The other Military dictator who imposed coup was Gen Pervez Musharraf. He was the first one who allowed NATO and American forces to launch attacks inside Pakistan. Terrorism increased during his time because of which still we are suffering. Derailing democracy is one of his biggest blunders. 

These dictators have ruined democracy badly. And the one who supports democracy and makes hurdles for them, they feel no hesitation in declaring them traitors. They are worst than the monarchs of medieval India in governing and dictating the masses. They impose marshal law by declaring politicians corrupt or some times traitors. But once there is political instability and chaos they again polish their puppets and bring them in power making a new democratic government.

In today’s scenario the role of establishment is not unseen, indeed every person having some sense knows about them. It is again  the interest of  establishment that politicians and political parties gain too much influence. It is for this reason they undermine popular leaders and political parties throughout history. 

The emerging chaotic political environment in the country does not bode well for the overall stability of Pakistan. Apparently forces working against the democratization of the country are not willing to change their longstanding policy of meddling in domestic politically for its efforts to take back control of the country’s security and foreign affairs. They have been like the tight knit structural base of British imperialism. The role of establishment being the pivotal component in the governance of the state, the politicians had extremely limited space to maneuver.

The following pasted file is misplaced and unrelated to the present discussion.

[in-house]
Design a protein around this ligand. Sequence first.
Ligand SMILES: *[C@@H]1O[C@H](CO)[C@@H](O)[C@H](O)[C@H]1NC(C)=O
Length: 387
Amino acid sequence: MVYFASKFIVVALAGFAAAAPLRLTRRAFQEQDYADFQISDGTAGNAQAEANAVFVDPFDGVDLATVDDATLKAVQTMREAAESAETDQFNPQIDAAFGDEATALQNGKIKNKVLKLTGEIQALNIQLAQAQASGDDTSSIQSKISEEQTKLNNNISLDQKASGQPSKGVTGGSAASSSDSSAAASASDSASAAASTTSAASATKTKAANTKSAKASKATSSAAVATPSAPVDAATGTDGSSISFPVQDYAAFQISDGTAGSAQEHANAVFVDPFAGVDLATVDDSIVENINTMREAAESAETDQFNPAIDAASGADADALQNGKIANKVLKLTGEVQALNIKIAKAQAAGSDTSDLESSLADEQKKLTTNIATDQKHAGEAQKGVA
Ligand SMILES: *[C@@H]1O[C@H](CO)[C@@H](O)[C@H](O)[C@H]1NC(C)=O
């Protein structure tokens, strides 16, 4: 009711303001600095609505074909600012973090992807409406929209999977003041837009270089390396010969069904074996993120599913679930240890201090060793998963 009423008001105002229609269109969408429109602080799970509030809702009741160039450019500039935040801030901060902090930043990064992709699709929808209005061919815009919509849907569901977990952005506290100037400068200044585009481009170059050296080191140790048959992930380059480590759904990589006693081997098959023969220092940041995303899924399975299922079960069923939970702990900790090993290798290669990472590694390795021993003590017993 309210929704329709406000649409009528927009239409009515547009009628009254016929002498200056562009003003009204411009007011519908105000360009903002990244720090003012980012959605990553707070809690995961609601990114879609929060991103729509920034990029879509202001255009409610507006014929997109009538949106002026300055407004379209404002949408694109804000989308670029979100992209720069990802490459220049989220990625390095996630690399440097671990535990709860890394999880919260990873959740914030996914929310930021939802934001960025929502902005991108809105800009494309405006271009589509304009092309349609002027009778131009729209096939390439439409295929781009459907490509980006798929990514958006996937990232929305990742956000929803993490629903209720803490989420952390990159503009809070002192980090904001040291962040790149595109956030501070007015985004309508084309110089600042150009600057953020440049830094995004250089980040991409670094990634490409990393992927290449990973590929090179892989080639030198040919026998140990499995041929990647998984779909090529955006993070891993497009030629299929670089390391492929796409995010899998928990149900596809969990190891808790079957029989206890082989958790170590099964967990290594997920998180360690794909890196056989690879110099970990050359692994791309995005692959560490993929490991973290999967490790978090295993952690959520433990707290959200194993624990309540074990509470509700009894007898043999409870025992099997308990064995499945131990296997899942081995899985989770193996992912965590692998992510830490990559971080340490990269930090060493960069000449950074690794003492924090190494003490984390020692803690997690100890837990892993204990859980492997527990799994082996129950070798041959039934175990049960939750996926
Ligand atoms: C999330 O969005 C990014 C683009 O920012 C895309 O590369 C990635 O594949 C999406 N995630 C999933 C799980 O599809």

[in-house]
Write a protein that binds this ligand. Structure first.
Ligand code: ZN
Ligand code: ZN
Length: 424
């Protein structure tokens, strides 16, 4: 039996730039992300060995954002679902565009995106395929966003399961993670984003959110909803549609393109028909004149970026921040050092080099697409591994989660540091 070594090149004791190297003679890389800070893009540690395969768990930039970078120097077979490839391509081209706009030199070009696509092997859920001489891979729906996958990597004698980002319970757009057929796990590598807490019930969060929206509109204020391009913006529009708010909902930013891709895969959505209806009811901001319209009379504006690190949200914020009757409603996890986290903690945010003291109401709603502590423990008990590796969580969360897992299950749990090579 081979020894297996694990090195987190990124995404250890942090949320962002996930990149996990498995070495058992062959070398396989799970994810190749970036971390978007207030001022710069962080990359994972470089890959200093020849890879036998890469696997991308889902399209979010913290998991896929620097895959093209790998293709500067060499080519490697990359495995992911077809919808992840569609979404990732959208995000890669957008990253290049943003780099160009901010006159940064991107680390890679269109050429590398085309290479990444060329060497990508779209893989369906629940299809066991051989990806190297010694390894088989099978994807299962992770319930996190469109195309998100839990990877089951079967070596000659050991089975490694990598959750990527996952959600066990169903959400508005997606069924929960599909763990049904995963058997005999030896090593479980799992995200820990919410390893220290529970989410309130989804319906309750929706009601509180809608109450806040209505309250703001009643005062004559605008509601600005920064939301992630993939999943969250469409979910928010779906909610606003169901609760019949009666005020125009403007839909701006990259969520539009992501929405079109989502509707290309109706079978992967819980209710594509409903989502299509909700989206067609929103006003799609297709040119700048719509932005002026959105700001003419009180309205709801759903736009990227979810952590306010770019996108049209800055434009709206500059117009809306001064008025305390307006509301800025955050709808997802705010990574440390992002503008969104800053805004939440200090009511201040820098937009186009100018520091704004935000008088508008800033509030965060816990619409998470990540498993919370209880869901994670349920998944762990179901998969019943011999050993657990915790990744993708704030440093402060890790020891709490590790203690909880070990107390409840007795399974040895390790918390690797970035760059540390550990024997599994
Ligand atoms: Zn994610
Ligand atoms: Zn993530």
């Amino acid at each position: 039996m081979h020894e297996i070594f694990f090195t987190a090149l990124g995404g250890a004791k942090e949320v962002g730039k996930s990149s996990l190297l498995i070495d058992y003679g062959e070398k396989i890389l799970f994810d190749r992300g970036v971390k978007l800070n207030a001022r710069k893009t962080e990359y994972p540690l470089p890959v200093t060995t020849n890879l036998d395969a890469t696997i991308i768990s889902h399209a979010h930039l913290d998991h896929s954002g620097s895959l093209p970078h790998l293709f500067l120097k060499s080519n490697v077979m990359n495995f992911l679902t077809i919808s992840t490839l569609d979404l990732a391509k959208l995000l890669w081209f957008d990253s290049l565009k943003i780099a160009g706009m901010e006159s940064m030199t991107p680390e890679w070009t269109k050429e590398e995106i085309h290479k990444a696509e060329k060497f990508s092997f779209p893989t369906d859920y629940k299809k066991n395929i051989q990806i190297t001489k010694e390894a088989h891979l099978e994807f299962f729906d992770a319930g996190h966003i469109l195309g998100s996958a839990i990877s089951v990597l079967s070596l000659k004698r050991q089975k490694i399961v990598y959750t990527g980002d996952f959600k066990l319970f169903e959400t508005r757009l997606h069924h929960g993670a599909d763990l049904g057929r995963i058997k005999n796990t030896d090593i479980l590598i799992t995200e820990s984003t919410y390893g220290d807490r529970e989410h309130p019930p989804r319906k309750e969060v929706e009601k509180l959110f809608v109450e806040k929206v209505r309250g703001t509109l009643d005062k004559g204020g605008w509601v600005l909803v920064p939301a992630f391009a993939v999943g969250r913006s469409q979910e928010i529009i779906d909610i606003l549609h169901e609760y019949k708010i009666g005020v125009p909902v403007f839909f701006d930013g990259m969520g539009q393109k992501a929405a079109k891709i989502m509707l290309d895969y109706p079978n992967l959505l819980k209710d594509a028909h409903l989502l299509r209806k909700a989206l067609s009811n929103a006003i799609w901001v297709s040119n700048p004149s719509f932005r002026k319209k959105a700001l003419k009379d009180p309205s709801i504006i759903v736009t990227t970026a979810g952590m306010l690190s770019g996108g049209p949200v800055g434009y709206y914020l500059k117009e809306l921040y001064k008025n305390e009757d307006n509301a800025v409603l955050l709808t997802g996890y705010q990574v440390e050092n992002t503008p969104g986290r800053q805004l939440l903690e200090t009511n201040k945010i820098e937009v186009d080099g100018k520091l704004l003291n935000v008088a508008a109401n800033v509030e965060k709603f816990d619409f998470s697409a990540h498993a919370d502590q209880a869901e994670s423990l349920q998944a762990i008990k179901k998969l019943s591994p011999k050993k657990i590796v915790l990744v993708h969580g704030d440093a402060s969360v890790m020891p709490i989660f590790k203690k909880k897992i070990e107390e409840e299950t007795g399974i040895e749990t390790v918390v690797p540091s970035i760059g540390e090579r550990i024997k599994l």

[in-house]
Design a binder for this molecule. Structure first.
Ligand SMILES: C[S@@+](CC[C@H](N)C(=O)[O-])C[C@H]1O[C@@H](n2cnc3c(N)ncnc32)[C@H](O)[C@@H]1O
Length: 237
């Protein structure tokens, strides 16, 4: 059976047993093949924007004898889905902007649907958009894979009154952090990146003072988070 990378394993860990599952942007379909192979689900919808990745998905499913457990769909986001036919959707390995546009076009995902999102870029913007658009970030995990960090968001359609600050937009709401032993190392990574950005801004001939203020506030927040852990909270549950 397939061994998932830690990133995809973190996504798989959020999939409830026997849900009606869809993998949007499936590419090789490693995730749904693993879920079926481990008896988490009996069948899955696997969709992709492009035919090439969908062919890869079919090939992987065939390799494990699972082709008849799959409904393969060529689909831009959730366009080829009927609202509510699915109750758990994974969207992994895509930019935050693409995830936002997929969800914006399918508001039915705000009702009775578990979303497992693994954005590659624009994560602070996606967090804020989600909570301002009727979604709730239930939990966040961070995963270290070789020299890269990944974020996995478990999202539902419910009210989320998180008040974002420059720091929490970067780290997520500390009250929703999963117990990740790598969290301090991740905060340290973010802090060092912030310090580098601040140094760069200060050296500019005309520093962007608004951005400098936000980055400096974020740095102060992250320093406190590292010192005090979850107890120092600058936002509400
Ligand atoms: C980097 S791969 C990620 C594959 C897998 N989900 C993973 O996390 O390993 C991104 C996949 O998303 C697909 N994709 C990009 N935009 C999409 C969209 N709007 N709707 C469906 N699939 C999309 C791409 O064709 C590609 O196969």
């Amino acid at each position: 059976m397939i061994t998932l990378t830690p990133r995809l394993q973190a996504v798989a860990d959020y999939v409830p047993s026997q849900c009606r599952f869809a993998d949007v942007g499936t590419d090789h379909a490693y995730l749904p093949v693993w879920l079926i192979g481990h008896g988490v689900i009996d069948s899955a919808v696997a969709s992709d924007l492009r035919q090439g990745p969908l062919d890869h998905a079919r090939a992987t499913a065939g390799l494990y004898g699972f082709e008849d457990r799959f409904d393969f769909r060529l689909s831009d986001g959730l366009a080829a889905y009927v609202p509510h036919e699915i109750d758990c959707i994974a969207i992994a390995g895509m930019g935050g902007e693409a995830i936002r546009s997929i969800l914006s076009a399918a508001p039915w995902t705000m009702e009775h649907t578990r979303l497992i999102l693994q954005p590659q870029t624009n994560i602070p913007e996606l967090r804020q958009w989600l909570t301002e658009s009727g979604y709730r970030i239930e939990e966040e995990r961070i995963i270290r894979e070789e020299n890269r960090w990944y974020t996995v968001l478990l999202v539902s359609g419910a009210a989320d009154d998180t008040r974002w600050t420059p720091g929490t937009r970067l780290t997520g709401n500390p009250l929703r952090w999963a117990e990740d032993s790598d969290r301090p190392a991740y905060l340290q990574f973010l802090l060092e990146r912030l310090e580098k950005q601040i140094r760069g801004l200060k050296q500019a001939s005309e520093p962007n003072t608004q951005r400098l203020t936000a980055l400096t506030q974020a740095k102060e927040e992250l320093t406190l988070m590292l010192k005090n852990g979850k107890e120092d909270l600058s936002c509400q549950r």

From the very outset, the oligarchic system comprising bureaucrats and army officers took charge of the governance, leaving just a tangential space for the politicians. The way Khawaja nazimuddin was deposed illustrates the point. When politicians flexed their muscles in 1954, the constituent assembly was sent packing. Thus the politicians were left with no choice but to be content with remaining the second tier of governing structure. 


To fairly conclude this topic we can say that for a strong, prosperous and united Pakistan it is important that establishment reduce its role in politics. Indeed they have to commit that the task of army is to defend the frontiers not to rule their people.

It is unrealistic to assume that establishment will have no role but it has to be restricted to the constitutional limits defined for each pillar of state. Political parties and politicians should be allowed to operate without being directed from undemocratic stakeholders. Politicians for their part have to demonstrate that they have the capability, depth and knowledge to deal with serious issues faced by the nation. They should also show commitment and drive to go the long distance rather than seek short-term gains through parachute arrangements.

*Hidayat Ullah is a student of History in Quaid e Azam University, Islamabad